The Zen Haitian

Chantal Laurent

This blog is an attempt to document the struggles--past and present of Haitians living in Ayiti and in the Haitian diaspora. Haitians have a proud history that is often misunderstood and discounted. It is my hope to tell that story while shedding light on what is happening now.

Other topics often covered by this blog include politics, news, economics, culture and current events in America and the world.

It is important to have a counterpoint against the propaganda that often prevails in the mainstream media about Ayiti. Very often, what passes for "news" are outright lies and disinformation. In particular, the political coups undertaken by various groups in Ayiti, which are always represented in the mainstream media as "rebellions" and "unrest" are often supported with money, training and political maneuvering- by the West. The US, Canada and France have the power and support of the UN security council at their disposal. Voices that have raised concern about the West's illegal actions in Ayiti in the global south, have been ignored. No accountability. No investigation. No problem.

Why must Haitians continue to struggle for their freedom? Perhaps it is because Ayiti is viewed as an obstacle to hegemony and empire? Ayiti is an enduring symbol of freedom. Haitians were the first to rebel against the shackles of slavery. For their temerity, Haitians have made some very powerful enemies. Ayiti and its people have contributed enormously to world history and continues to be of great relevance to some very powerful interests. Ayiti is a unique and inspiring example of what the unconquerable spirit of a courageous people is capable of accomplishing against great odds. Ayiti's historic deed was to defeat the slave-holding countries of the world in the world's first ever successful slave rebellion.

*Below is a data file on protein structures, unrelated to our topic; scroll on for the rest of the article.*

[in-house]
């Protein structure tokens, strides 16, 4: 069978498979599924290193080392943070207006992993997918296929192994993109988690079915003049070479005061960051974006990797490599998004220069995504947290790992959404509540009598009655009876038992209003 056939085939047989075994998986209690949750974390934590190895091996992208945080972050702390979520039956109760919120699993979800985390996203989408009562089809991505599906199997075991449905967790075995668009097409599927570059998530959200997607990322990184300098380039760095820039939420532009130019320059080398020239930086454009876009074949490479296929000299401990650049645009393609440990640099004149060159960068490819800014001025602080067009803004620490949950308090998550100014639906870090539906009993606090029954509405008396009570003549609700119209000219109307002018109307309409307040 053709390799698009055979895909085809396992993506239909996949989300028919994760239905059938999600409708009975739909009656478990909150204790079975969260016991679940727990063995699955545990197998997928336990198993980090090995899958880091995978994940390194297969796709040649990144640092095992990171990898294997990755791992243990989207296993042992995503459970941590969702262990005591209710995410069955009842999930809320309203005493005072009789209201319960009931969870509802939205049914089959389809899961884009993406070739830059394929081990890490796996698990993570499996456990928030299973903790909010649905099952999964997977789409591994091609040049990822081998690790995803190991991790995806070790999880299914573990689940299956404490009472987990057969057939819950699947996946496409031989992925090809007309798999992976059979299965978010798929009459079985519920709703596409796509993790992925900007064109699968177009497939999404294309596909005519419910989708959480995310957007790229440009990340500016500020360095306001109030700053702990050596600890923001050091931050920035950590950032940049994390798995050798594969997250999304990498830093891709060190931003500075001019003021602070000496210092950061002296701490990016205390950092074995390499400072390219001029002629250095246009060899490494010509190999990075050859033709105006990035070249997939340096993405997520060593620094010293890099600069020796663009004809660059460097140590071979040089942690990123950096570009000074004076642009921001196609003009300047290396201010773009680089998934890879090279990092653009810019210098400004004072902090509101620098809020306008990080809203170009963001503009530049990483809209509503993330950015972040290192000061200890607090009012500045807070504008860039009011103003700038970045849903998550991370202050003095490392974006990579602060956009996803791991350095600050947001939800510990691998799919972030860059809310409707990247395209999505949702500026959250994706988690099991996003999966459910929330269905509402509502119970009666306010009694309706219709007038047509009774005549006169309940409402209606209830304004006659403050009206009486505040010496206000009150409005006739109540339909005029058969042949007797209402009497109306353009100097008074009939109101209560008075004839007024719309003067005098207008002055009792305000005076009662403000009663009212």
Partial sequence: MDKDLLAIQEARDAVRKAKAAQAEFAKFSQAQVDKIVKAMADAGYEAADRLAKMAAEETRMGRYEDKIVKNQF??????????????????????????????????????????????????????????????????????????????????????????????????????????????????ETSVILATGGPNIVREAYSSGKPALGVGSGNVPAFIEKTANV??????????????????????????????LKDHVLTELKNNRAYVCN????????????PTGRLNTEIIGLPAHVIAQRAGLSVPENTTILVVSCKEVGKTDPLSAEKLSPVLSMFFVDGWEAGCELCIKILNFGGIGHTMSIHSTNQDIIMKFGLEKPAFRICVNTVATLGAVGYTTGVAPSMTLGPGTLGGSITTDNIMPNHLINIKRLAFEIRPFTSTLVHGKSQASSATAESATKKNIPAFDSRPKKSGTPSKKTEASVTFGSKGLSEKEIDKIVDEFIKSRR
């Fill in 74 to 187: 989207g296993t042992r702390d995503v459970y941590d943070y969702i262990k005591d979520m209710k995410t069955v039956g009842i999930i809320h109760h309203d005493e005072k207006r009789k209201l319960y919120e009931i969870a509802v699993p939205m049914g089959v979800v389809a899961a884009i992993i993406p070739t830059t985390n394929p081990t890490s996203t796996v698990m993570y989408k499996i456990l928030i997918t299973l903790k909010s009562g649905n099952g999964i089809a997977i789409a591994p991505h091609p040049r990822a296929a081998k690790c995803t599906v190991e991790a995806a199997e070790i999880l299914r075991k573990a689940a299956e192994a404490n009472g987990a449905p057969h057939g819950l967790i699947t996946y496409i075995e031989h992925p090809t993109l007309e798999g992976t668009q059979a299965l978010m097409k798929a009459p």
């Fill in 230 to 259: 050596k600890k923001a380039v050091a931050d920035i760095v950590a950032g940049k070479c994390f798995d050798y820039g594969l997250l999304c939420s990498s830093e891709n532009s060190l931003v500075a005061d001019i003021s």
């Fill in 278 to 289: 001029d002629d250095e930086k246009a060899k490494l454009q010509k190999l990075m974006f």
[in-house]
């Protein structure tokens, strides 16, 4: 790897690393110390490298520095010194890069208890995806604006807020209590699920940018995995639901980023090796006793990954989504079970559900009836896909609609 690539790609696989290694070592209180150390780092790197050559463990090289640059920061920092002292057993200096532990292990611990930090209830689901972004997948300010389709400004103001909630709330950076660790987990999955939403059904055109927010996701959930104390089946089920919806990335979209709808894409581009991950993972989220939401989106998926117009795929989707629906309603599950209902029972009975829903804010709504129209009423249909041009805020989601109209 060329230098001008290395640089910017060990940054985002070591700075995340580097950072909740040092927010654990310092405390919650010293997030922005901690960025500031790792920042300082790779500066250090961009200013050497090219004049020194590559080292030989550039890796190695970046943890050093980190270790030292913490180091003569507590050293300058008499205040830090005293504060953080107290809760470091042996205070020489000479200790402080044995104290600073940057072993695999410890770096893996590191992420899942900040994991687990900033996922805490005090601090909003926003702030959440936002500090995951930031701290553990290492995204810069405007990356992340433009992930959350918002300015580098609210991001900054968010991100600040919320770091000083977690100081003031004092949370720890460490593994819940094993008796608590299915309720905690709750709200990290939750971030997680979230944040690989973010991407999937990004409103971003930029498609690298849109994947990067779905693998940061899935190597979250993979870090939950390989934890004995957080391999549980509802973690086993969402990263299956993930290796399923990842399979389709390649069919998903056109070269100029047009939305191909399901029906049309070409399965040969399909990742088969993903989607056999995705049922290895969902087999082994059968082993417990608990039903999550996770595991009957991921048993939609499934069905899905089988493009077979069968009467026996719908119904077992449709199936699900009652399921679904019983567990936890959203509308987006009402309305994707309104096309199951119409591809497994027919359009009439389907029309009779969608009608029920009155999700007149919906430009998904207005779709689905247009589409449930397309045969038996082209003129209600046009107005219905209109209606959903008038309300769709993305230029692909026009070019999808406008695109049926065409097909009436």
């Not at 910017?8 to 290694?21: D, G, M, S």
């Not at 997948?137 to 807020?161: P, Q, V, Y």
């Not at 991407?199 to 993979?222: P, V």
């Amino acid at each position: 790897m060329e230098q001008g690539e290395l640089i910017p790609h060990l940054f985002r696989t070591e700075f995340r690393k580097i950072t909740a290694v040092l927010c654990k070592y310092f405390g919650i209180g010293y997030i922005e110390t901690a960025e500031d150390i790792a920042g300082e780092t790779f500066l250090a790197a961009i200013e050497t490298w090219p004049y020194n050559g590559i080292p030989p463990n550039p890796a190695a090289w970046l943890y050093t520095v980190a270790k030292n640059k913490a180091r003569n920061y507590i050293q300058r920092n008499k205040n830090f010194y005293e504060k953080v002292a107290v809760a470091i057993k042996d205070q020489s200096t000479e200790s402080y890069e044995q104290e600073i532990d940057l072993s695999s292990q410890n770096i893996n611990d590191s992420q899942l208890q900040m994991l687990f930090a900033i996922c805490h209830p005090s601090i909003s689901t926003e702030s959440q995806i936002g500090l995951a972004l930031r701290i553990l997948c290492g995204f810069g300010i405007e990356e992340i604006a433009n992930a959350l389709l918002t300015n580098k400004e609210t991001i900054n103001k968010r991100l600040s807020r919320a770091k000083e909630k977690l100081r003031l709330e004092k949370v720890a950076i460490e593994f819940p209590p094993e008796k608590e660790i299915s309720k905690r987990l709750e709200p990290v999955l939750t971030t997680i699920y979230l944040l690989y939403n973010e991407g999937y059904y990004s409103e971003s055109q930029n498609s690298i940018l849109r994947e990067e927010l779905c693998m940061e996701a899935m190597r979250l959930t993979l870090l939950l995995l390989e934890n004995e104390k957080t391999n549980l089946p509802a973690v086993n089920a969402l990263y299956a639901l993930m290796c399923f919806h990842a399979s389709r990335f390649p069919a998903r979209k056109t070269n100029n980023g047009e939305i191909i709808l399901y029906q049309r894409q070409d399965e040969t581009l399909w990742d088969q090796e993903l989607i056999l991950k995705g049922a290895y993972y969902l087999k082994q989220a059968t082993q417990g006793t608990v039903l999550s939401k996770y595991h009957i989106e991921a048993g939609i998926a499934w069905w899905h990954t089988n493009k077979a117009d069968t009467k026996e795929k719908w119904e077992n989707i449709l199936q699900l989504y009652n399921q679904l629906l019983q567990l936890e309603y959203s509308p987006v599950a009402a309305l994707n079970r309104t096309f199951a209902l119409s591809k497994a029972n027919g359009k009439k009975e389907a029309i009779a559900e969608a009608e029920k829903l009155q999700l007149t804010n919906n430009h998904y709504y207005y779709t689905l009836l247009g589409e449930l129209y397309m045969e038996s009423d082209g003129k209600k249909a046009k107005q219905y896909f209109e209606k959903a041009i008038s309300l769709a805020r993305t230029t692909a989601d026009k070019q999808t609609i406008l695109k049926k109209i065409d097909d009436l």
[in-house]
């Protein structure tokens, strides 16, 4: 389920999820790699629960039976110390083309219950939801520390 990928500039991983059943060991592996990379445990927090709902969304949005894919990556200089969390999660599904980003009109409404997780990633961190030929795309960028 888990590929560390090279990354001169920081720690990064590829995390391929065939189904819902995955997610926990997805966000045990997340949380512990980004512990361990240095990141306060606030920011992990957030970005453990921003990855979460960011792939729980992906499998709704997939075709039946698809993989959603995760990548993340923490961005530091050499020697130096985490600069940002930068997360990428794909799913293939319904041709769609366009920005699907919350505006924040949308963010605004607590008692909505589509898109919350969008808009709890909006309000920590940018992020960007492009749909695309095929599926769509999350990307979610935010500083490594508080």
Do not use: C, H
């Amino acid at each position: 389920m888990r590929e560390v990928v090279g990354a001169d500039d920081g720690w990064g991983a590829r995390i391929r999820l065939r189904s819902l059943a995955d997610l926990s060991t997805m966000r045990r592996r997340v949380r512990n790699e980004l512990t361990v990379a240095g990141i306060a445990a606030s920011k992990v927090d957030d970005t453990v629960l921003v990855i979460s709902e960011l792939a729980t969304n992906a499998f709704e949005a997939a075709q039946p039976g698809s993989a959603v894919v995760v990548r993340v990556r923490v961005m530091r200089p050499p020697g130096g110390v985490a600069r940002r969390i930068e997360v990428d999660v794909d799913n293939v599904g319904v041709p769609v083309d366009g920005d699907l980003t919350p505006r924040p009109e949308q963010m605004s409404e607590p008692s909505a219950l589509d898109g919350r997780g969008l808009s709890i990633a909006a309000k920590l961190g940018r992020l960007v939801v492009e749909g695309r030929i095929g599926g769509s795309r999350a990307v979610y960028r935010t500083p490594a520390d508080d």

Haitians have a saying; "Ayiti Cheri." It is a term of deep affection that many can only say from afar because many are now part of a diaspora that is spread worldwide. Those who say it are often exiled from their beloved island. Haitians who live abroad are in constant survival mode also--as evidenced by those who are reviled, murdered, virtually enslaved and discriminated against in the Dominican Republic, Turks and Caicos islands, Bahamas and other often hostile environments abroad.

The lives of Haitians on the island and elsewhere are a desperate struggle for dignity, sovereignty/democracy, education, a decent standard of living and a good future. The sad truth is that many Haitians are living a nightmare.

The powerful interests mentioned above have a plan for Ayiti. I have three simple questions for them: Why is a real democracy in Ayiti a threat? What is your plan for Ayiti? Will more Haitians have to die to fulfill it?.


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